It is a perceived wisdom that a manger’s impact upon a team begins to fade after three seasons in charge. No matter how successful, a change is needed to freshen things up and bring back the spark. As well as that of his great rival Pep Guardiola, Jose Mourinho’s career has been the primary evidence in support of this theory in the modern era.
In his first spell at Chelsea he was dismissed after a poor start to his fourth campaign, and at Real Madrid his time came to a conclusion as his third season ended amid a fractured dressing room. For managers like Mourinho, and Guardiola, who demand so much of their players, this pattern is understandable. Yet, for Mourinho, if the third season may have so far proved to be the beginning of the end of his ultra-effectiveness, the second is very much the sweet spot.
Perhaps still his most remarkable achievement, of course, came in his first second season at a club, when leading Porto to the Champions League in 2004. He repeated the trick with Inter Milan six years later, and in his next job, at Real Madrid, he knocked Barcelona off their perch to land the Spanish league title, again in his second season. Only in his first spell at Chelsea could it be argued that the achievements of his second year were matched, winning the Premier League in both of his first two years.
It remains to be seen whether the second season will prove to be the high point of his return to Stamford Bridge, but it certainly looks poised to be one to remember. In his first year back, there was a sense that Mourinho was still trying to synchronize his own demands and ideology with the talent he was handed. This season, boosted by the arrival of some key ingredients -- Diego Costa and Cesc Fabregas -- over the summer, Chelsea look a formidable force. The team’s unbeaten record may have gone earlier this month, but they remain top of the Premier League, into the last 16 of the Champions League, through to the semifinals of the Capital One Cup and ready to begin their challenge in the FA Cup in the new year. Already whispers have been uttered, much to Mourinho’s own dismay, about an unprecedented quadruple. It remains a highly optimistic target, with one bad performance or one piece of bad luck potentially fatal.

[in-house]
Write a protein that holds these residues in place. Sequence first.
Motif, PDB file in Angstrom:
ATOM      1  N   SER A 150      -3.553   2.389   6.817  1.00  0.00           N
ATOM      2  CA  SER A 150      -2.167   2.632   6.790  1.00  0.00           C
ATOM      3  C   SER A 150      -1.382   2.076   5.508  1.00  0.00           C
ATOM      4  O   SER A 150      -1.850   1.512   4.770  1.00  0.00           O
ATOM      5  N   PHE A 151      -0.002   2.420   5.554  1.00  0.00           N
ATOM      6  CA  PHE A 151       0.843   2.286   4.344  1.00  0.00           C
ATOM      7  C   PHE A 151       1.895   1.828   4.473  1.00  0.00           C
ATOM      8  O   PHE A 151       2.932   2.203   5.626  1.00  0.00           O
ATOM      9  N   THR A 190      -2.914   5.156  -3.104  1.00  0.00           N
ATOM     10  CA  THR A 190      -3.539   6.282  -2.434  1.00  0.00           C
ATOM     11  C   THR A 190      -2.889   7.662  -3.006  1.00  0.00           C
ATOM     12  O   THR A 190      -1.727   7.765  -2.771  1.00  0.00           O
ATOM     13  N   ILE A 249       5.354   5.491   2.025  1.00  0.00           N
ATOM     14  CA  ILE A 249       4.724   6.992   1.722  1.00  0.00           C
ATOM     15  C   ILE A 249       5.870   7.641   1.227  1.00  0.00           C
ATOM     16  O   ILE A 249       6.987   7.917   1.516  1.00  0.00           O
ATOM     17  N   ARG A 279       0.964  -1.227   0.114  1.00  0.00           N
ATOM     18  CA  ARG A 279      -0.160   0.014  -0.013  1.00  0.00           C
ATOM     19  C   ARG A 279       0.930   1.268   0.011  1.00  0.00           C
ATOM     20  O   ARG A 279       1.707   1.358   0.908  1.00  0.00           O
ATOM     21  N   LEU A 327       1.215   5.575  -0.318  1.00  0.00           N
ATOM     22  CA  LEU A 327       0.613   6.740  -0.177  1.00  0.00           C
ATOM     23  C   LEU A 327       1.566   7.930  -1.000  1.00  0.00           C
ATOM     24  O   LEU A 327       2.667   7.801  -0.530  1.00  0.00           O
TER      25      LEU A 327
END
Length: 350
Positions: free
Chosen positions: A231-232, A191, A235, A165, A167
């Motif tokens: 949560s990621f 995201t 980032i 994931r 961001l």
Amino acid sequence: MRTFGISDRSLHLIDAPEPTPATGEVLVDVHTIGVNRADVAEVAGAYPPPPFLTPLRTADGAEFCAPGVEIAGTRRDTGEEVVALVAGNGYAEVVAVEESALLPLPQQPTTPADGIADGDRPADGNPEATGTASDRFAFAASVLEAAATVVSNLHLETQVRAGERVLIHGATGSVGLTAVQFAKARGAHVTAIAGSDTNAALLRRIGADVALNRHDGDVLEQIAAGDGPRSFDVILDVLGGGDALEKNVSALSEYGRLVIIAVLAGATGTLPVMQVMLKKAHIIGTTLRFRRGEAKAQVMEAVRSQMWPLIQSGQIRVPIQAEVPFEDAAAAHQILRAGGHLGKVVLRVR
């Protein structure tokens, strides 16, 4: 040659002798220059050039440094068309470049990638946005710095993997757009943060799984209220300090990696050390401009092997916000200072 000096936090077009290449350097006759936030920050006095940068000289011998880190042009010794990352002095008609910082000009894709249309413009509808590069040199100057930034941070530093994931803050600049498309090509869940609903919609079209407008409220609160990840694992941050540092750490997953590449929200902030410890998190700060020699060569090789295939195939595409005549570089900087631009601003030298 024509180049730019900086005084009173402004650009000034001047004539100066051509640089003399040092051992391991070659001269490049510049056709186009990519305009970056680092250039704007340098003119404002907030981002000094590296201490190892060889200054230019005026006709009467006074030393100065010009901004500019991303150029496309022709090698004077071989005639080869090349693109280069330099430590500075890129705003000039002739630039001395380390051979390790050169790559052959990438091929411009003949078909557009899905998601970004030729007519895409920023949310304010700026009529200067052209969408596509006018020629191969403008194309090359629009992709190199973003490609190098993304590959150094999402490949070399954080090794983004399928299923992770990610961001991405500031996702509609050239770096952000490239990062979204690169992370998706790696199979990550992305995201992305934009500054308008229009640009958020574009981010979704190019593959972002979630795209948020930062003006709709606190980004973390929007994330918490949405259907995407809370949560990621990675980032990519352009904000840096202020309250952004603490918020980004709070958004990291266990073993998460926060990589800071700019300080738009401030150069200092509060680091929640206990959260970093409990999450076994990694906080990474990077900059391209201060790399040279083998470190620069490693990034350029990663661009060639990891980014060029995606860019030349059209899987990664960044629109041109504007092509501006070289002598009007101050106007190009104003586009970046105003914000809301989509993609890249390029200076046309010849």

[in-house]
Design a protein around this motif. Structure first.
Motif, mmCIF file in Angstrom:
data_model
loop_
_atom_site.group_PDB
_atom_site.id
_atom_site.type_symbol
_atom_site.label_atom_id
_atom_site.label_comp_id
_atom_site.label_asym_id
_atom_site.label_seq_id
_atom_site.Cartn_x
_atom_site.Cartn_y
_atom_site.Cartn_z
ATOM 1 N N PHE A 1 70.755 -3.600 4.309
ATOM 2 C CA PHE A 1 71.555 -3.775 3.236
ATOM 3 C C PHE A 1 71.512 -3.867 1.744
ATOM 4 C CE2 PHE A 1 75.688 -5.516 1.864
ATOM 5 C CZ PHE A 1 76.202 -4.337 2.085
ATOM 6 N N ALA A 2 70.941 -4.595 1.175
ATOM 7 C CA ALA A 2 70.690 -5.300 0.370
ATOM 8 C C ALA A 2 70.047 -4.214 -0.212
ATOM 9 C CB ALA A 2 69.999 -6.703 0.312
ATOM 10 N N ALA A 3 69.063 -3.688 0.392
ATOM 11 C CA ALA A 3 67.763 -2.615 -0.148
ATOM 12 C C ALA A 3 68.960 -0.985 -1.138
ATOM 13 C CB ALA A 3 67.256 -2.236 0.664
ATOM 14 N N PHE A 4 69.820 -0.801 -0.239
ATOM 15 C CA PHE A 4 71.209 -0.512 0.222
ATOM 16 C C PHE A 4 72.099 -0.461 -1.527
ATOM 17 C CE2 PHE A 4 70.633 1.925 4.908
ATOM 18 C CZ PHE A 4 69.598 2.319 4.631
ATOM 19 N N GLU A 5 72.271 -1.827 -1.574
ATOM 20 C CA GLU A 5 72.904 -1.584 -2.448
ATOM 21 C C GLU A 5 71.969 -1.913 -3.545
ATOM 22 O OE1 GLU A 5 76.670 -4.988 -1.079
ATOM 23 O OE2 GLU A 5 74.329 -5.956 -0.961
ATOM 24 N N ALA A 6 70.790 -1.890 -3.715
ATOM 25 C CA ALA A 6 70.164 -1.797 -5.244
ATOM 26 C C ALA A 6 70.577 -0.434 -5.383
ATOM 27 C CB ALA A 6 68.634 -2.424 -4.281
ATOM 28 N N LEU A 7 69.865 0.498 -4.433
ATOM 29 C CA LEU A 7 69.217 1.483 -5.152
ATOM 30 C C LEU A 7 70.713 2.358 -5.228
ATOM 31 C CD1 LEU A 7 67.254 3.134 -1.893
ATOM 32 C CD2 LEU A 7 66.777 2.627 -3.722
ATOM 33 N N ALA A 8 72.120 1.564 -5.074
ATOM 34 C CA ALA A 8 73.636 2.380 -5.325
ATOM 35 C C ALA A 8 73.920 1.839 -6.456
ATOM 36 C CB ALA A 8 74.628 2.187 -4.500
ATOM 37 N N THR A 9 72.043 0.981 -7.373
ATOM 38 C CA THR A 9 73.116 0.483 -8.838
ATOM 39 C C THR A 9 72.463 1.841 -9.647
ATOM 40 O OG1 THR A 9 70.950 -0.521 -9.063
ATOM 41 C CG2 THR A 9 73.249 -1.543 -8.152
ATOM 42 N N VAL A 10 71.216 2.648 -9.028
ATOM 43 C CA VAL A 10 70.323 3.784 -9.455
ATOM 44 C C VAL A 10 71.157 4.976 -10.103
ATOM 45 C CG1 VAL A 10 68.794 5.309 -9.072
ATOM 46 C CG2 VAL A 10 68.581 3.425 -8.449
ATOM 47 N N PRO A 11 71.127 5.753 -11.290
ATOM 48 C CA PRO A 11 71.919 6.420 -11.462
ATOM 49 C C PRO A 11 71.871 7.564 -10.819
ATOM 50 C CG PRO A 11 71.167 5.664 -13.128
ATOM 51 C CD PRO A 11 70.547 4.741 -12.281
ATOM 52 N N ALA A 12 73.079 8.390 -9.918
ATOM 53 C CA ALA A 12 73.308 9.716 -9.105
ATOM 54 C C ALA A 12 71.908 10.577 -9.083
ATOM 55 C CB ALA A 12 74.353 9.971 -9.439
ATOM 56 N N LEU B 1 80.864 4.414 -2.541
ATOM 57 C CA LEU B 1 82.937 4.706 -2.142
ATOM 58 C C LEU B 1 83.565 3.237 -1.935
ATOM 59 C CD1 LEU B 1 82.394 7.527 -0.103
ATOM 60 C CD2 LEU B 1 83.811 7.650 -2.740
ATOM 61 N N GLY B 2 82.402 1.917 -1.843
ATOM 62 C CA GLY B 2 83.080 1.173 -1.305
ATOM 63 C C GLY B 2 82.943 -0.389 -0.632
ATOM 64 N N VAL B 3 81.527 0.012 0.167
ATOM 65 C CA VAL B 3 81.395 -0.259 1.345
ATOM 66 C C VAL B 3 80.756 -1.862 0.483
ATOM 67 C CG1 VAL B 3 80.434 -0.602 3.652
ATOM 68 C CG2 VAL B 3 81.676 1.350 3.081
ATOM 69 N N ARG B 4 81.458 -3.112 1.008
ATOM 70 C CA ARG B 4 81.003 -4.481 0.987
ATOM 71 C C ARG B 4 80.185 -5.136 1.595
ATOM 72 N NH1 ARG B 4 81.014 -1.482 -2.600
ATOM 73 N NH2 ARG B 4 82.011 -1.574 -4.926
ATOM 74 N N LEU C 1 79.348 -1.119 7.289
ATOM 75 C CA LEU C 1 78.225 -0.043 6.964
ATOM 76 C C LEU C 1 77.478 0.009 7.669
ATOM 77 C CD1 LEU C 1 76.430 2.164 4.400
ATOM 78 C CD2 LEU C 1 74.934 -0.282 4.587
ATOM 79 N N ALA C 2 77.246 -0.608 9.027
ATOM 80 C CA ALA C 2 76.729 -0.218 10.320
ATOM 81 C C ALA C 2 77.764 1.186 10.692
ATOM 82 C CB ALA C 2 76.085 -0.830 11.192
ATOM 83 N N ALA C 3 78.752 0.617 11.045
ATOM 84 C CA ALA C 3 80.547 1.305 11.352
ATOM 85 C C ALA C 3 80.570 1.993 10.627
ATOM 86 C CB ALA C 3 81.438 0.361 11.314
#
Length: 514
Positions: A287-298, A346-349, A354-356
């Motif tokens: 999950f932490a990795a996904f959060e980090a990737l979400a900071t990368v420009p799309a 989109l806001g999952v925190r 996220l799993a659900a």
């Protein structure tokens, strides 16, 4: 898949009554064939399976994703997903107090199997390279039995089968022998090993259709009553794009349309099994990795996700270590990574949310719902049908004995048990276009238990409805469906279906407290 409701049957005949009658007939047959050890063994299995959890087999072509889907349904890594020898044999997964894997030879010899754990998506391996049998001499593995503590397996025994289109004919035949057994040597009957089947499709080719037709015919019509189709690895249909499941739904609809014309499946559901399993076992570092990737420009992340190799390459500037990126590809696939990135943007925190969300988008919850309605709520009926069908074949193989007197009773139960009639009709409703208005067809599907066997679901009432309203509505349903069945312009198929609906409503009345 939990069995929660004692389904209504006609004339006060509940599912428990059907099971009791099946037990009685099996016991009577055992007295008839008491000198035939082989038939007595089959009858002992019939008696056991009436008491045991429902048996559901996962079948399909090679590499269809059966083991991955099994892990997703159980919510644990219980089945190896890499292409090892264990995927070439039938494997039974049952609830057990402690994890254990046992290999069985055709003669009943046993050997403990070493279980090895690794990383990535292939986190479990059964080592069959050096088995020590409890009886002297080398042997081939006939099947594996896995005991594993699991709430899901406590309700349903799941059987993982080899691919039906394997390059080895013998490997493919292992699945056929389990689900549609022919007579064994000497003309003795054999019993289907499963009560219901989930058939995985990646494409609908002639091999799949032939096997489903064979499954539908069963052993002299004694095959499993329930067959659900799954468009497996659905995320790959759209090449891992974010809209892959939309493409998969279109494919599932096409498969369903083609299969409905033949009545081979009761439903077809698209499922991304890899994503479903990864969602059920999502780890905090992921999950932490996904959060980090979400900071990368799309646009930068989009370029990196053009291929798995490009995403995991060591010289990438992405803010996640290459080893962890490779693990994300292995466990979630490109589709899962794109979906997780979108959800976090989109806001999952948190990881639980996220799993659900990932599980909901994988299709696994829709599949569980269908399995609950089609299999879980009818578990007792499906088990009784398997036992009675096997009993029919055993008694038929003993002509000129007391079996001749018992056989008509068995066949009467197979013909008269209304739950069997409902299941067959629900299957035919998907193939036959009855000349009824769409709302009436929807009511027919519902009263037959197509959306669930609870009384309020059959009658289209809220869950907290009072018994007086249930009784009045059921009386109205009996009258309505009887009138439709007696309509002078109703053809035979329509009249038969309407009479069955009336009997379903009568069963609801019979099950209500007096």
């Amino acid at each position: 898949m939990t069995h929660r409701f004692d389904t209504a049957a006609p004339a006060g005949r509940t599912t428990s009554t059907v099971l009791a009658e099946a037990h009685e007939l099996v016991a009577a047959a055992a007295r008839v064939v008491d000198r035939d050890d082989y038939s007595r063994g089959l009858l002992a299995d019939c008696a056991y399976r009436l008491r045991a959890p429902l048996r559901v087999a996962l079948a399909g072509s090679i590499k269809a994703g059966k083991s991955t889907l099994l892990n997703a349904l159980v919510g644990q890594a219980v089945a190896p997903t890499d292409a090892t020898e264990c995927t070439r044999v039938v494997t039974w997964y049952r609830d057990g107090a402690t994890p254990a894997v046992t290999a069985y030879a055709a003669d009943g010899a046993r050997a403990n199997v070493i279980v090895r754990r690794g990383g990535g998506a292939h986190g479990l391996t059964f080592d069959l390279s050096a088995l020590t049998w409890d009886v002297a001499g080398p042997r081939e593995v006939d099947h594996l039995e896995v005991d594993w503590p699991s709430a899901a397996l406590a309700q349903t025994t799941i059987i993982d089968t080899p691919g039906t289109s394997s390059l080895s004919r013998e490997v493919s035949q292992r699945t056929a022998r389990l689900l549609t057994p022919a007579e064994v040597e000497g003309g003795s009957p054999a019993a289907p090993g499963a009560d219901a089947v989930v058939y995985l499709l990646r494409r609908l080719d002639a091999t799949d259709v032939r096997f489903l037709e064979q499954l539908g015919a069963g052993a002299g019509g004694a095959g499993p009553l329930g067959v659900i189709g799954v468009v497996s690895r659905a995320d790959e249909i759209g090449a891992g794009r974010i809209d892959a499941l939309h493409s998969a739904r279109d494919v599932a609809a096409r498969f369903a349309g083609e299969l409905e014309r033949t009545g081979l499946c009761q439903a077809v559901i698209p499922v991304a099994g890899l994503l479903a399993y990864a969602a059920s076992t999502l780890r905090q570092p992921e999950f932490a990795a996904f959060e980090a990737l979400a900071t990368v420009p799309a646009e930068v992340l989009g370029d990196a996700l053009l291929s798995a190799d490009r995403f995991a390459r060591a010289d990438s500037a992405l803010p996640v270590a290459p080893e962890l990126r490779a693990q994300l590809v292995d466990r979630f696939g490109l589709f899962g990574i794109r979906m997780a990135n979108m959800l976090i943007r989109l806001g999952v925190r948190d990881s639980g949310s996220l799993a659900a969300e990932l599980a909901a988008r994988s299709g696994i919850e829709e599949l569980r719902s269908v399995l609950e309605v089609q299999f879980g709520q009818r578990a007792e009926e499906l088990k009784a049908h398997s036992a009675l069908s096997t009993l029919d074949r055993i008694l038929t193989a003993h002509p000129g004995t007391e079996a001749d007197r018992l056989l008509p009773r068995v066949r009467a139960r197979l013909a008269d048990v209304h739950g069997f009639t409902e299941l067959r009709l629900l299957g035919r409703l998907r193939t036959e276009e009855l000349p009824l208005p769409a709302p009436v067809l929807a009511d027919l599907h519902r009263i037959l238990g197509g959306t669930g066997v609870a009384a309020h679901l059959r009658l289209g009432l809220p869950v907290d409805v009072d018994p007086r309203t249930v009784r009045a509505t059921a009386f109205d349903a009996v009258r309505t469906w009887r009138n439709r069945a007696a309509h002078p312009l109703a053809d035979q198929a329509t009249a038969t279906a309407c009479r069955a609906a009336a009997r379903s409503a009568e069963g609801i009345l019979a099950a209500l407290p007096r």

Here’s a look at their prospects for each trophy:
Chelsea’s lead has been cut from a comfortable eight point lead over champions Manchester City near the end of November to a nervy three points. While Manchester United have won six matches in a row to move eight points back of the lead, it still looks set to be a two-horse race. And Chelsea, despite City’s impressive form, have the edge. Although City can certainly be a match for Chelsea on their day, they are more streaky and their mentality seemingly less robust than that of the Blues. Also standing in Chelsea’s favor is that they still have to welcome City to Stamford Bridge at the end of January, with Manchester United making the trip south in April. Chelsea’s festive period is testing -- traveling to Stoke City, Southampton and Tottenham and hosting in-form West Ham -- but their efficiency in putting games to bed early should stand them in good stead of negotiating the packed calendar. And that will leave them well positioned for a first title in five years.
This is surely the trophy that Mourinho craves more than any other. He may be forever denied the glory of helping Chelsea to be crowned European champions for the first time, but he still has the opportunity to become the first manager in history to win the European Cup with three different clubs. Chelsea’s draw for the last 16, a repeat of last year’s quarterfinal against Paris Saint-Germain, is not ideal, but is one they should handle. Mourinho’s men are stronger than a year ago and PSG, if anything, look weaker. Right now, the main barriers to Chelsea winning the competition are his former club Real Madrid and the team managed by his former rival, Guardiola, Bayern Munich. Both would present enormous challenges and arguably have more raw talent than Chelsea, but you wouldn’t back against Mourinho devising a plan to stop them.
Chelsea will host Championship side Watford in the third round, and, while their opponents are enjoying a strong season, they will expect to progress without undue drama. From there anything could happen depending on the draw. But what is known is that Chelsea have been by far the most successful team in the FA Cup in recent times, winning the competition four times in the past eight seasons. Mourinho, himself, delivered one of those triumphs, and will look to continue his trophy haul this time around. It could be, though, that the FA Cup gets shifted aside in the list of priorities if Chelsea are pursuing both the Premier League and Champions League at the season’s climax. Mourinho has fielded a consistent lineup this season and Chelsea could be vulnerable if key players -- like Nemanja Matic, John Terry and Costa -- are rested.
Capital One Cup
Mourinho has always put much stock in doing well in the often-maligned League Cup. In his first spell, claiming the first trophy of the season helped build a winning mentality that took Chelsea onto greater success. And he will be keen to do similar by landing the first silverware since his return. Chelsea will face Liverpool in the semifinals and it would be a major surprise were the struggling Merseysiders able to oust them over two legs. Tottenham, who take on Sheffield United in the other last four matchup, are then likely to await in the final. Given Spurs’ early-season performances and Chelsea’s dominant record against their London rivals in recent years, it looks a good bet that the League Cup will be heading to Stamford Bridge.